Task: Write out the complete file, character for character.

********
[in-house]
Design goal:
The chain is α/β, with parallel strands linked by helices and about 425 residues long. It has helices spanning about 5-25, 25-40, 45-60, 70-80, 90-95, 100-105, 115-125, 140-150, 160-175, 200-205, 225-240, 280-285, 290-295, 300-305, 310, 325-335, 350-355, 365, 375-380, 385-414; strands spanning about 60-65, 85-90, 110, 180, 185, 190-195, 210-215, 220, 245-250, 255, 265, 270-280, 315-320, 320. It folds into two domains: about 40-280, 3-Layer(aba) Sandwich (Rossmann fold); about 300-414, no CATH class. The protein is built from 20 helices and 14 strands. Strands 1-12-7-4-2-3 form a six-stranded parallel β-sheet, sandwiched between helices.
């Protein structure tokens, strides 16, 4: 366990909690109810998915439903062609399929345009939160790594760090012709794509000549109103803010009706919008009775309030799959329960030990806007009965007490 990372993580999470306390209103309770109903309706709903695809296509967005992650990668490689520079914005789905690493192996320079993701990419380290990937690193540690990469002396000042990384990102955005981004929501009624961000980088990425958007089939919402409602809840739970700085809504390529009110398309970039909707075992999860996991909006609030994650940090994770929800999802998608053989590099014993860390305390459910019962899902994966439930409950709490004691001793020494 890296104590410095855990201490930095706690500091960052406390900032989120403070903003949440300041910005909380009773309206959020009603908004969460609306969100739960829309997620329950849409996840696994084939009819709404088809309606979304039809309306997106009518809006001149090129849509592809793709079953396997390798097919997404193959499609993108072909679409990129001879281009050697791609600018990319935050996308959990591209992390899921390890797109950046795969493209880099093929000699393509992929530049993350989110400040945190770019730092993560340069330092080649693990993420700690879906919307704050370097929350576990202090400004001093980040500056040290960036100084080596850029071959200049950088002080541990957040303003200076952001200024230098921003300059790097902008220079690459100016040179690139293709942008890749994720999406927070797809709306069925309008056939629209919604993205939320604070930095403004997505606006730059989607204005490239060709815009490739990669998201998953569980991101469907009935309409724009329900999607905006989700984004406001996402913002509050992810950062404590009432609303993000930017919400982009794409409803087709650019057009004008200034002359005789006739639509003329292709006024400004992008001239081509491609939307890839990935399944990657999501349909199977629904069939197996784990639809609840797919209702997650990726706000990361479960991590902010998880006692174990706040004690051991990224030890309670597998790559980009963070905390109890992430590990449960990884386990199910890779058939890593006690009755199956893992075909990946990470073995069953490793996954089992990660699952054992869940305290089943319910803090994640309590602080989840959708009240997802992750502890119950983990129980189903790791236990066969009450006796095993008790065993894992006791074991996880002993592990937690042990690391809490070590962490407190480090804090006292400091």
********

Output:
[in-house]
Design goal:
The chain is α/β, with parallel strands linked by helices and about 425 residues long. It has helices spanning about 5-25, 25-40, 45-60, 70-80, 90-95, 100-105, 115-125, 140-150, 160-175, 200-205, 225-240, 280-285, 290-295, 300-305, 310, 325-335, 350-355, 365, 375-380, 385-414; strands spanning about 60-65, 85-90, 110, 180, 185, 190-195, 210-215, 220, 245-250, 255, 265, 270-280, 315-320, 320. It folds into two domains: about 40-280, 3-Layer(aba) Sandwich (Rossmann fold); about 300-414, no CATH class. The protein is built from 20 helices and 14 strands. Strands 1-12-7-4-2-3 form a six-stranded parallel β-sheet, sandwiched between helices.
């Protein structure tokens, strides 16, 4: 366990909690109810998915439903062609399929345009939160790594760090012709794509000549109103803010009706919008009775309030799959329960030990806007009965007490 990372993580999470306390209103309770109903309706709903695809296509967005992650990668490689520079914005789905690493192996320079993701990419380290990937690193540690990469002396000042990384990102955005981004929501009624961000980088990425958007089939919402409602809840739970700085809504390529009110398309970039909707075992999860996991909006609030994650940090994770929800999802998608053989590099014993860390305390459910019962899902994966439930409950709490004691001793020494 890296104590410095855990201490930095706690500091960052406390900032989120403070903003949440300041910005909380009773309206959020009603908004969460609306969100739960829309997620329950849409996840696994084939009819709404088809309606979304039809309306997106009518809006001149090129849509592809793709079953396997390798097919997404193959499609993108072909679409990129001879281009050697791609600018990319935050996308959990591209992390899921390890797109950046795969493209880099093929000699393509992929530049993350989110400040945190770019730092993560340069330092080649693990993420700690879906919307704050370097929350576990202090400004001093980040500056040290960036100084080596850029071959200049950088002080541990957040303003200076952001200024230098921003300059790097902008220079690459100016040179690139293709942008890749994720999406927070797809709306069925309008056939629209919604993205939320604070930095403004997505606006730059989607204005490239060709815009490739990669998201998953569980991101469907009935309409724009329900999607905006989700984004406001996402913002509050992810950062404590009432609303993000930017919400982009794409409803087709650019057009004008200034002359005789006739639509003329292709006024400004992008001239081509491609939307890839990935399944990657999501349909199977629904069939197996784990639809609840797919209702997650990726706000990361479960991590902010998880006692174990706040004690051991990224030890309670597998790559980009963070905390109890992430590990449960990884386990199910890779058939890593006690009755199956893992075909990946990470073995069953490793996954089992990660699952054992869940305290089943319910803090994640309590602080989840959708009240997802992750502890119950983990129980189903790791236990066969009450006796095993008790065993894992006791074991996880002993592990937690042990690391809490070590962490407190480090804090006292400091």